Wednesday 22, August 2018 by Banker Middle East

Tackling education ventures

 

Speaking to Banker Middle East, Maya El Hachem, Principal at The Boston Consulting Group Middle East points out the pocket of opportunities in GCC’s private education sector.

How do you view the potential in this market?
The GCC education sector is riddled with untapped opportunities for investors. Across the region, the education market is expected to double from $13 billion to $26 billion over the next five years. Despite the fact that strong growth has been predicted across the region, investors must fine-tune their strategies to account for the shifting circumstances before committing to an investment opportunity. Having said that, each market has unique opportunities that are becoming increasingly prominent in the sector. In the UAE, for example, the $4.4 billion market in 2017 is forecast to grow to $7.1 billion by 2023.

The biggest opportunities lie in two areas—the increasing need for highquality schools, with fees in the lower range such as Indian curriculum schools Maya El Hachem for example, and with fees in the mid-level range for International Baccalaureate (IB) schools. Additionally, there is also a need for high-quality schools, with a rating of ‘good’ or better, that cater specifically to local Emirati preferences by offering gender segregation and adequate provision of Arabic and religious studies. Saudi Arabia is the biggest education market in the GCC and we foresee significant opportunities despite recent economic pressure.

Opportunities in Saudi Arabia arise from the education and privatisation reforms of the country. These are pushing for high quality and diverse offering, professionalisation of the sector, attraction and incentivizes to private sector and foreign investment, and encouragement of public private partnerships. There are also opportunities arising out of recent megaprojects such as NEOM.

What kind of challenges entail such investments?
We have identified five primary challenges for investing in education across GCC markets, these are: Market fragmentation: The educational landscape is still quite fragmented in the GCC region (except for parts of the UAE), with no dominant players, which makes it attractive for large-scale operators—but it can be difficult for new entrants to break in.

A shifting regulatory environment: The regulatory environment in the region can be restrictive and unpredictable, particularly when it comes to tuition fee increases and nationalisation requirements. Access to resources: In the GCC, it can be difficult to secure suitable land and obtain permits for construction since land is typically owned, controlled and assigned by governments. GCC banking practises can also make it challenging for private-school investors to access capital for financing.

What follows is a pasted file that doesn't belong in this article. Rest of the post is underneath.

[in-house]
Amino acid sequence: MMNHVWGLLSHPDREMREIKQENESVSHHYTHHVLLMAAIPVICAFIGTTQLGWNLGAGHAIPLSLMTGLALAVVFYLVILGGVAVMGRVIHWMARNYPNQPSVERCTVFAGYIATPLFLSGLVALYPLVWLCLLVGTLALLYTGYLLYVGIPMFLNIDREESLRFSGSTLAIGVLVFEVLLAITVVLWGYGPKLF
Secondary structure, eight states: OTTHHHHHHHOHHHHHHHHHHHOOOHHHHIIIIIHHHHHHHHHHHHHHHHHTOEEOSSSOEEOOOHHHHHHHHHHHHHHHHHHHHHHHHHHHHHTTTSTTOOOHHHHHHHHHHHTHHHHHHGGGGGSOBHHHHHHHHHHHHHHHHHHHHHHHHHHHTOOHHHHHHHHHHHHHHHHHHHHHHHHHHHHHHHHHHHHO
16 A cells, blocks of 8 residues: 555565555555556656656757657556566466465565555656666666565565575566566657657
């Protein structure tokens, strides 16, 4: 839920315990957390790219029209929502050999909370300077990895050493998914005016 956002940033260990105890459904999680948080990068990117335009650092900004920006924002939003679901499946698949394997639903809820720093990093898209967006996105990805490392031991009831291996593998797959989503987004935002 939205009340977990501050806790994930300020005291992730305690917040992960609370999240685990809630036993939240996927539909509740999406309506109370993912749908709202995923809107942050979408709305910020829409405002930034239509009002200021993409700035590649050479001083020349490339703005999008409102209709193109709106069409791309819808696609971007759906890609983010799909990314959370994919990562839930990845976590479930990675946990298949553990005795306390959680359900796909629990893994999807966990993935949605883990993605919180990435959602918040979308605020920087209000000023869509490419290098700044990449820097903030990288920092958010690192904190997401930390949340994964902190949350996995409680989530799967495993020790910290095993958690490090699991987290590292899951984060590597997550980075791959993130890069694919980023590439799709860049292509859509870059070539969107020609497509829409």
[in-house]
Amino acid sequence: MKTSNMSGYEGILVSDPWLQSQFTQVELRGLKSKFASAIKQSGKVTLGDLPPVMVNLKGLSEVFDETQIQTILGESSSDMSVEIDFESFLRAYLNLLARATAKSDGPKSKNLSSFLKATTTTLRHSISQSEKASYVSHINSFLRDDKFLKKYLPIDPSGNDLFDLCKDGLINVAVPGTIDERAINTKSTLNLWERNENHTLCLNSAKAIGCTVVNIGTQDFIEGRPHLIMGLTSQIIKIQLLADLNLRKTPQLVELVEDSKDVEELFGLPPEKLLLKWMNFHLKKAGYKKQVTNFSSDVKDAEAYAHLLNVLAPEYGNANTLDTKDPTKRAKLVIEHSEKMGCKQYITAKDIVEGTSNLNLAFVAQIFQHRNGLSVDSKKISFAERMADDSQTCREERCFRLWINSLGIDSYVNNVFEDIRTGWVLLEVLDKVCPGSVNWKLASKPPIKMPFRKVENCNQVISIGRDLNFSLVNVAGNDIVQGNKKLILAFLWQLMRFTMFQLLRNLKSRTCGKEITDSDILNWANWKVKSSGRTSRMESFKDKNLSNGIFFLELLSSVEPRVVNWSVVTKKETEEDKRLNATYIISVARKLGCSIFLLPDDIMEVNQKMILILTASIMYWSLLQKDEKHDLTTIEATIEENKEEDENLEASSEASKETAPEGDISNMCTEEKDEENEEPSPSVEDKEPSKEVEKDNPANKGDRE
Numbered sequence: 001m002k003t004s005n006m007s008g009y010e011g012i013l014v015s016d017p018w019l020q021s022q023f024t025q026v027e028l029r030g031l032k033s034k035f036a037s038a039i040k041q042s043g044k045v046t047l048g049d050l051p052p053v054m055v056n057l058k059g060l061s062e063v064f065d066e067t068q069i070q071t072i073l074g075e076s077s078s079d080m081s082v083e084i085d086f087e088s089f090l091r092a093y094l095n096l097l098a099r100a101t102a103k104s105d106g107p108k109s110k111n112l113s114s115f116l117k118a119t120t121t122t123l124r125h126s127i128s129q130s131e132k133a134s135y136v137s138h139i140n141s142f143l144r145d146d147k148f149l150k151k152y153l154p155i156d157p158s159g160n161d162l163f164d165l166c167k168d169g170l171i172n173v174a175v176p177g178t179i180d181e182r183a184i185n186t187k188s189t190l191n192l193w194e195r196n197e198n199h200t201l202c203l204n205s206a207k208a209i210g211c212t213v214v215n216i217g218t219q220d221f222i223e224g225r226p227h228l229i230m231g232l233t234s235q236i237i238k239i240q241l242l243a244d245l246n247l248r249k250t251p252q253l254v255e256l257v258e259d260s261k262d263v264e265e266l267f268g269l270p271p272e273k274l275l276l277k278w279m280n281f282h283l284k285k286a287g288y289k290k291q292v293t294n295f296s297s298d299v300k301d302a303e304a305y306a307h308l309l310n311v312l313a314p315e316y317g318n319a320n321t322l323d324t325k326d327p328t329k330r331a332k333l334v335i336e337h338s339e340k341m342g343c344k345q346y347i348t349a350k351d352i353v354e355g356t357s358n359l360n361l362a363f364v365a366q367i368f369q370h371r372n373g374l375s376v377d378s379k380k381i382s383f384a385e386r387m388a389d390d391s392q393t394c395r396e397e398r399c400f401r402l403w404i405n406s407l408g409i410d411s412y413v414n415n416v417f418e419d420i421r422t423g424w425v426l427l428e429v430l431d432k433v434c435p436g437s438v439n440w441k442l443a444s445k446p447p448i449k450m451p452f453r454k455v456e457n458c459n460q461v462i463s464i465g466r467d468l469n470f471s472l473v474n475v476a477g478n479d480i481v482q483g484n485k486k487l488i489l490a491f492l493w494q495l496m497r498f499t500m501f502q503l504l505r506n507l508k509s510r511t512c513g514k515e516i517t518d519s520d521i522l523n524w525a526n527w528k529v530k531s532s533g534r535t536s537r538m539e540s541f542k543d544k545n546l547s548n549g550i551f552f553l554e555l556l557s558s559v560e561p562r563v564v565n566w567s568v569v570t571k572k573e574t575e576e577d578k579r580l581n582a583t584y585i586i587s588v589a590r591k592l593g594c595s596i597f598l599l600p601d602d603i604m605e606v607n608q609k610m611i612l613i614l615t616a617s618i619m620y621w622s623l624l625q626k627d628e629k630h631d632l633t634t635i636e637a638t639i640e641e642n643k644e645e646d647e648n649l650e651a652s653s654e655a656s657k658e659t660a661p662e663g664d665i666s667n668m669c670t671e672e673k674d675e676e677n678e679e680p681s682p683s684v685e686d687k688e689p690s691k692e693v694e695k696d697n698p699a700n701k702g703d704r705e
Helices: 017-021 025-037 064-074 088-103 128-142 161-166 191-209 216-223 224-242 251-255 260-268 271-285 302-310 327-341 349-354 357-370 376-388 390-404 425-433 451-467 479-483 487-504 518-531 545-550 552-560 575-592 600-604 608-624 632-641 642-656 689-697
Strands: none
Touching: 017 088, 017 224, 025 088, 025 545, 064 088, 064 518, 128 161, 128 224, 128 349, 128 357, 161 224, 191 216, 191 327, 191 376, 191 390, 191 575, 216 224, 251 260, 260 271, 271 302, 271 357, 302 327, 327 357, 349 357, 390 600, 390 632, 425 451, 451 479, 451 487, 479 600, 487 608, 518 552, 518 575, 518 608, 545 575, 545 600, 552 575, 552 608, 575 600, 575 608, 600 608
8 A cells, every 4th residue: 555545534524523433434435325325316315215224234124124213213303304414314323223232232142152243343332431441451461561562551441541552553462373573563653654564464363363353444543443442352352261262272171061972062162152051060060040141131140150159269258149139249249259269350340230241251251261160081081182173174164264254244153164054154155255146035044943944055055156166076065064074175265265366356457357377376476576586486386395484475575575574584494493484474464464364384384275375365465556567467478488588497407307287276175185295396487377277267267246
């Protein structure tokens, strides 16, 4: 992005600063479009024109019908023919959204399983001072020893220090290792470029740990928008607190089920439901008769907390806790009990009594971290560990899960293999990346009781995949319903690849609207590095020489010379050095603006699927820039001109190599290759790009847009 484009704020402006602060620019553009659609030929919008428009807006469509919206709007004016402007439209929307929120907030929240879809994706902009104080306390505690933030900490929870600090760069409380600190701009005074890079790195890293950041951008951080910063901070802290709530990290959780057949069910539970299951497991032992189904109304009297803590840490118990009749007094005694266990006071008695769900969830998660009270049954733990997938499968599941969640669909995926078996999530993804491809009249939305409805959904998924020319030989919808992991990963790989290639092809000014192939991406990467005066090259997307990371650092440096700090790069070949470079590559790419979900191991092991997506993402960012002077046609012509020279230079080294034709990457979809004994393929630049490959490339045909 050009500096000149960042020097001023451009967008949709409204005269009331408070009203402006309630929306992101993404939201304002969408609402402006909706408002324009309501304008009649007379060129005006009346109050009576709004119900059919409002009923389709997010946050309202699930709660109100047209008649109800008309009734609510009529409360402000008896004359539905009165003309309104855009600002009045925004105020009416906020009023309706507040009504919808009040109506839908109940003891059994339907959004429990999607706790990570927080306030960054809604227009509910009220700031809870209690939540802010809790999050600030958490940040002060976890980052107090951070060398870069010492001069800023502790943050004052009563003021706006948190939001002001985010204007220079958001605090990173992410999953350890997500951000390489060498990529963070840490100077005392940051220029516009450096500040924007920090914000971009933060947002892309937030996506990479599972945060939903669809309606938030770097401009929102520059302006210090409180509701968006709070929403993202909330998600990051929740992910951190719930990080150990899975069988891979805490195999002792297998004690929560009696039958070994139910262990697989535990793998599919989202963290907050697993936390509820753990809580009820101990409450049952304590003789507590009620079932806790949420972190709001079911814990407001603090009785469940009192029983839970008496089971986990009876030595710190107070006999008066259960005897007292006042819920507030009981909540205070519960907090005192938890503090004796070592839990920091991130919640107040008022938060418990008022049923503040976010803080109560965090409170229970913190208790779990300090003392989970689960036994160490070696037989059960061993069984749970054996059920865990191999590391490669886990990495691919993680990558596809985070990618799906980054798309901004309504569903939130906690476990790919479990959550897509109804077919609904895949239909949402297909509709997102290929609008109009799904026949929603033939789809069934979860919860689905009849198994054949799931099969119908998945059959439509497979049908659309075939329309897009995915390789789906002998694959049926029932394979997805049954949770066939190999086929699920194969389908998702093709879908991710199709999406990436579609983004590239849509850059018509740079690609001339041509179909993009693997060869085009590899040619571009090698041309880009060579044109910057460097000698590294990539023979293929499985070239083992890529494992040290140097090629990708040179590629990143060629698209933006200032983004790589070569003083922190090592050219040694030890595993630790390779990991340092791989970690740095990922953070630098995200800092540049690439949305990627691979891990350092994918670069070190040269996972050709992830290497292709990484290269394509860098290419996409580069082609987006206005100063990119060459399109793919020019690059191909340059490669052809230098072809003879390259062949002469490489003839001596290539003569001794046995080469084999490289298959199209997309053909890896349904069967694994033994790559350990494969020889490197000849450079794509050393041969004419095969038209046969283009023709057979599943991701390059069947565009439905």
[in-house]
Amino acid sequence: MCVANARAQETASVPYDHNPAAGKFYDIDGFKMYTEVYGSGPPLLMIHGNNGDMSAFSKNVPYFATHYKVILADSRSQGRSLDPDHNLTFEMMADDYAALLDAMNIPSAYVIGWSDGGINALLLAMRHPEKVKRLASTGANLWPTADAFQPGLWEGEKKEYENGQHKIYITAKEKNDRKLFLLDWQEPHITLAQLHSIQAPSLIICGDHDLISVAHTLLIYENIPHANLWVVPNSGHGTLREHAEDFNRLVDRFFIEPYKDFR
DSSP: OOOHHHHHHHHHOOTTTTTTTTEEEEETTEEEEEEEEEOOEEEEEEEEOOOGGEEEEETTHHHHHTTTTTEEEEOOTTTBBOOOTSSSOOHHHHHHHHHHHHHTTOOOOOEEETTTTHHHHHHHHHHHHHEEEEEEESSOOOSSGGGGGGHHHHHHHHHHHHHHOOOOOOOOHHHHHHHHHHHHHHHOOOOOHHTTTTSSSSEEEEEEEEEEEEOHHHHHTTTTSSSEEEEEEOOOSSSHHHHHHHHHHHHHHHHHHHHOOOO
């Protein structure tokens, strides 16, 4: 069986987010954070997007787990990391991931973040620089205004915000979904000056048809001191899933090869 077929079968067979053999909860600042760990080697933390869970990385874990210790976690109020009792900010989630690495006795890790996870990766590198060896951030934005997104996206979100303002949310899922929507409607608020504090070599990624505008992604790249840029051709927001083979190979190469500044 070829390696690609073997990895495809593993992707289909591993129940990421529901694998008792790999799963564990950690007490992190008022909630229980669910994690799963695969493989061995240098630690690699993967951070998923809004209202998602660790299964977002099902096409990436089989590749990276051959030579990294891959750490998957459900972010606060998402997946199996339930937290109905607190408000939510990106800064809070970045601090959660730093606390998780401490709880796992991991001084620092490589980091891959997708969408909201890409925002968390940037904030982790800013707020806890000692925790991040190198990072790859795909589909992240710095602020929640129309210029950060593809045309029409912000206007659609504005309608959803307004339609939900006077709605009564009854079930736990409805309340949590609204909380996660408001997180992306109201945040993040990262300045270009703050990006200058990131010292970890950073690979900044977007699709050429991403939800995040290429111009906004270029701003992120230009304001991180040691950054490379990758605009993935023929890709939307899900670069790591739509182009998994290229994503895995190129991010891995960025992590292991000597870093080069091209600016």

Attracting talent: The number of qualified teachers are limited, teacher turnover is high, and competition for expatriate teachers is fierce. As UAE is often viewed as the most attractive market for teachers in the GCC, it is more difficult for other markets to attract teachers.

Data availability: Until recently, only limited data was made available to the public on school quality and types of schools needed, which made it hard to instil competition in the market and meet the demand of unfulfilled segments. There is a recent push, however, in many GCC countries to publish comparative school performance data and investor promotion information.

What key aspects should investors be aware of when evaluating these prospects?
While the private K-12 education market is large, its potential for growth varies significantly from country to country in the GCC market; hence, it is important for investors to understand the dynamics and size of each market and its potential for growth in the coming years and finetune their strategies accordingly. In fact, the private education market has become increasingly complex and competitive in recent years, particularly in mature markets, such as the UAE.

The market is shifting from being dominated by family-owned and individual schools to include financial investors and large-scale operators. Moving forward, we expect investor challenges to continue being addressed by GCC governments, who are increasingly offering incentives to attract private and foreign investment.

What is your outlook on this sector as an investment class?
Despite some current economic slowdown, there are a number of positive factors that are significant for a good investment opportunity. The market is expected to expand, driven by the population growth of the youth, increased enrolment (specifically in early school years) and some shifts from public to private schools.

In addition to this, the fact that GCC governments continue to give precedence to initiatives aimed at strengthening investor relations, while expanding the role of the private sector in education, as well as the highly fragmented education market giving an opportunity to consolidate schools into networks and scale up over time, all pose a good investment opportunity in the short term. And as governments continue to address investment challenges, the market will become even more attractive in the long term.